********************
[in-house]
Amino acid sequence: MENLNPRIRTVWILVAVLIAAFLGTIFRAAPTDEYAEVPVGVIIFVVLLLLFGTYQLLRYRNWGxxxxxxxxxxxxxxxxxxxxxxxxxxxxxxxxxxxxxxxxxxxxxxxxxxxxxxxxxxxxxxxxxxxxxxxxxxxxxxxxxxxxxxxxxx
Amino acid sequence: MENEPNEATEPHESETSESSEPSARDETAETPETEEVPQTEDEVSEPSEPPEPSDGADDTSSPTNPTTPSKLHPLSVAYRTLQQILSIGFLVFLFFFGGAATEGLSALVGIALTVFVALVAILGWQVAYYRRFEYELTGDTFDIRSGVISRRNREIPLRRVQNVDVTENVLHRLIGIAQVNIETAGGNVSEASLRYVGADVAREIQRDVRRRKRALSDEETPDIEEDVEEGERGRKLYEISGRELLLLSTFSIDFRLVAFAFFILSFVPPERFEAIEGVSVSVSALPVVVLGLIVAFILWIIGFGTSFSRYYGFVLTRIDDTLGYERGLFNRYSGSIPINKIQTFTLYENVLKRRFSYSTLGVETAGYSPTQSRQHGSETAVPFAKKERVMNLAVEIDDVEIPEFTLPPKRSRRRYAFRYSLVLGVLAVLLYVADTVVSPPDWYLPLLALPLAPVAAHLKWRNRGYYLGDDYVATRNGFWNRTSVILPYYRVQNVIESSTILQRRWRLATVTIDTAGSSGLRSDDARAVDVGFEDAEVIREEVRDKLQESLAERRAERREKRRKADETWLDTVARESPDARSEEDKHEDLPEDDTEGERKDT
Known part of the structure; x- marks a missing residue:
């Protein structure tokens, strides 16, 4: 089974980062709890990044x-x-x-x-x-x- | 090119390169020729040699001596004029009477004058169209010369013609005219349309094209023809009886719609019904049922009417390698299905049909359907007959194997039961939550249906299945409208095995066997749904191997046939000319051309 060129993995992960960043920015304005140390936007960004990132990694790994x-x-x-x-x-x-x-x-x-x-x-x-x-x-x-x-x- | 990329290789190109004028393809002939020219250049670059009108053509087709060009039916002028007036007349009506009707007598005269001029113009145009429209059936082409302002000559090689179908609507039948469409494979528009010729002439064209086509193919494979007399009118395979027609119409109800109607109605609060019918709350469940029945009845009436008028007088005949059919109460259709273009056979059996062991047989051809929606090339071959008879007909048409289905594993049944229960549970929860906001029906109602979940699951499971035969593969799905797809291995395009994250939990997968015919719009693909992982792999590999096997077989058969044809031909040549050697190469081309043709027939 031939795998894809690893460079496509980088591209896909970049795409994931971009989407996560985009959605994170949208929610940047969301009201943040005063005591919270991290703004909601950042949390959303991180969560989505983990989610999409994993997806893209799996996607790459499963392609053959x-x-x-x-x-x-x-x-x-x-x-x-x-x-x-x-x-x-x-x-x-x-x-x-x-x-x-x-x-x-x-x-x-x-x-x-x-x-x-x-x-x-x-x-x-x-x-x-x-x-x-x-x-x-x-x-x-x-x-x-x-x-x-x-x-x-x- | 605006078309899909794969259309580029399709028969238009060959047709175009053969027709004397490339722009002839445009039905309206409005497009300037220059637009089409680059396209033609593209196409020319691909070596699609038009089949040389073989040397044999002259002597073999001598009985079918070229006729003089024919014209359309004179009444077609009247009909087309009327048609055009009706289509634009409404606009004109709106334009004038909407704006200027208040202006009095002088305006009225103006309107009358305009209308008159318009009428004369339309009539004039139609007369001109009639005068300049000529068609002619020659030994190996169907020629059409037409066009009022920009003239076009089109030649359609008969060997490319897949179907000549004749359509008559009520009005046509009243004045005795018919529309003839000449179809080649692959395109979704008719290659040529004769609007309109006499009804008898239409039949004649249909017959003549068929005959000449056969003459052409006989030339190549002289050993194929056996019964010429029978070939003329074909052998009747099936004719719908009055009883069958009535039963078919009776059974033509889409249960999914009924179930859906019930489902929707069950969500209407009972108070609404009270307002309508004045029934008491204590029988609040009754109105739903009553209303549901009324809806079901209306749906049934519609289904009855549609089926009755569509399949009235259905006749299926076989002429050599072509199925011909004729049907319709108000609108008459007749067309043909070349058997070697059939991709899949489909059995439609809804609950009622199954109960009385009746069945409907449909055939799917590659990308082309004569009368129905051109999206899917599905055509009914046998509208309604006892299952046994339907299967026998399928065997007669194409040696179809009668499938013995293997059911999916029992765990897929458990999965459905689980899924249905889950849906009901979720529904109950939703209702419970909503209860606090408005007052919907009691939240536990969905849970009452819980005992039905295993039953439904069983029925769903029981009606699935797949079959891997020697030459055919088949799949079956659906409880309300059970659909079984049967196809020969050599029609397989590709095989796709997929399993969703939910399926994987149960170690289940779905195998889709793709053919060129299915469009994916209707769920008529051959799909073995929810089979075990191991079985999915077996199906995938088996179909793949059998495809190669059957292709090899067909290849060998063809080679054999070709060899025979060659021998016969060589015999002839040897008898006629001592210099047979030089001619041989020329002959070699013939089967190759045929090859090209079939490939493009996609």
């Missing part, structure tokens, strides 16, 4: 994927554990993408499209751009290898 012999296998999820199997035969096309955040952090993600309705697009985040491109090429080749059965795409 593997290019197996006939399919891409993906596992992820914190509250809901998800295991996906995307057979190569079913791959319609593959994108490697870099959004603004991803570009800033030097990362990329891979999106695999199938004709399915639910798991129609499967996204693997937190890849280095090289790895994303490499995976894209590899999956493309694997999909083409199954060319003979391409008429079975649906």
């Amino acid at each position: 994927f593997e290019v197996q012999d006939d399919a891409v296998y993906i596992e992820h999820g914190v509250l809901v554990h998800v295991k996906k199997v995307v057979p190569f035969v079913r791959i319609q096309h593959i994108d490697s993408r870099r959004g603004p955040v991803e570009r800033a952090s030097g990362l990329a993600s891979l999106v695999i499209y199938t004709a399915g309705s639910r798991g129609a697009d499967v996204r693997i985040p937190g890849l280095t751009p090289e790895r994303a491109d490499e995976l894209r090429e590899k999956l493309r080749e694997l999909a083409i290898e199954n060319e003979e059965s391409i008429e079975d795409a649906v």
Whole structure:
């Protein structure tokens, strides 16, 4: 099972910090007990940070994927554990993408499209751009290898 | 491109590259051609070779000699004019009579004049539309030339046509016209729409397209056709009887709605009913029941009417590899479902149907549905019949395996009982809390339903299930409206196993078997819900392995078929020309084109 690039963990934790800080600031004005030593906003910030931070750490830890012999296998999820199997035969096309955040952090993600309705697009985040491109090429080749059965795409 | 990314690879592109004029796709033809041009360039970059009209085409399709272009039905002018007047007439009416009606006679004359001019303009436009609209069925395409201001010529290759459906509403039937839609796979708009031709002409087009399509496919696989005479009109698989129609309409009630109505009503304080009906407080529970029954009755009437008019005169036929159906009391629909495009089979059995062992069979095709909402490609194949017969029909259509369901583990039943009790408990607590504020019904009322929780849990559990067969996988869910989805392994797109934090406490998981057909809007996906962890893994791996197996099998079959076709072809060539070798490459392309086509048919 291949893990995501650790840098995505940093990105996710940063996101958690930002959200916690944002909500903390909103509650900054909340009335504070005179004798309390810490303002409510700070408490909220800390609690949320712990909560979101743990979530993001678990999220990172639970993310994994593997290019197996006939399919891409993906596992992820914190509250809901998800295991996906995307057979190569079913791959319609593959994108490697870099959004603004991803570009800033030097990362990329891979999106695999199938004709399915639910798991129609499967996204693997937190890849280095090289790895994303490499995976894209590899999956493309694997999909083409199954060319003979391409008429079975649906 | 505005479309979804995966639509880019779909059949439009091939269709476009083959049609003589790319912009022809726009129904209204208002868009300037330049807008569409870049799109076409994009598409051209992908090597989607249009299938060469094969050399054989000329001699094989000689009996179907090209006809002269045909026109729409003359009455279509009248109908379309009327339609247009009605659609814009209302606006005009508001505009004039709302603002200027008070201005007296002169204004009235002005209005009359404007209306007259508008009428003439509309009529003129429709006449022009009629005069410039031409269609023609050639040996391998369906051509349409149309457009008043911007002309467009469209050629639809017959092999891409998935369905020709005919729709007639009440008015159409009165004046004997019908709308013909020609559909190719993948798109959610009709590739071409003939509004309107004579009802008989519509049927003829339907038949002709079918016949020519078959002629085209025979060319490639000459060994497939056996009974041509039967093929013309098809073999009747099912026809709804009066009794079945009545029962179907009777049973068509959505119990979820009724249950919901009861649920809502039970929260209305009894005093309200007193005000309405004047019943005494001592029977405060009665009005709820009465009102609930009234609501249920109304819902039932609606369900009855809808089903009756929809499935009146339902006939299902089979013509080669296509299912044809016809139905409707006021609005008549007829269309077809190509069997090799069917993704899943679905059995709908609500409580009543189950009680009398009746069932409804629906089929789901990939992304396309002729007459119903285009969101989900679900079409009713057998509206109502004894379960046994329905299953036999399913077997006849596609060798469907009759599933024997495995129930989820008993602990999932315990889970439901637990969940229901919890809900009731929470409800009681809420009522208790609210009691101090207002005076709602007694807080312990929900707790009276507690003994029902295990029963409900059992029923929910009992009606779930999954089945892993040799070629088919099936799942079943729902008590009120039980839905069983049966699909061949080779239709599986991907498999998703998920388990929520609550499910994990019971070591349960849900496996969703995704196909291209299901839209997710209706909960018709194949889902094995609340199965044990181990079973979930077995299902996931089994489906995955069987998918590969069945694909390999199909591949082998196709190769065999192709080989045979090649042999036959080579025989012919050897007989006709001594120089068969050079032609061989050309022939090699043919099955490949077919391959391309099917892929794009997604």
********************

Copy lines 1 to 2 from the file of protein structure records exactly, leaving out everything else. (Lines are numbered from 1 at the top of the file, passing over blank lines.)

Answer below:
[in-house]
Amino acid sequence: MENLNPRIRTVWILVAVLIAAFLGTIFRAAPTDEYAEVPVGVIIFVVLLLLFGTYQLLRYRNWGxxxxxxxxxxxxxxxxxxxxxxxxxxxxxxxxxxxxxxxxxxxxxxxxxxxxxxxxxxxxxxxxxxxxxxxxxxxxxxxxxxxxxxxxxx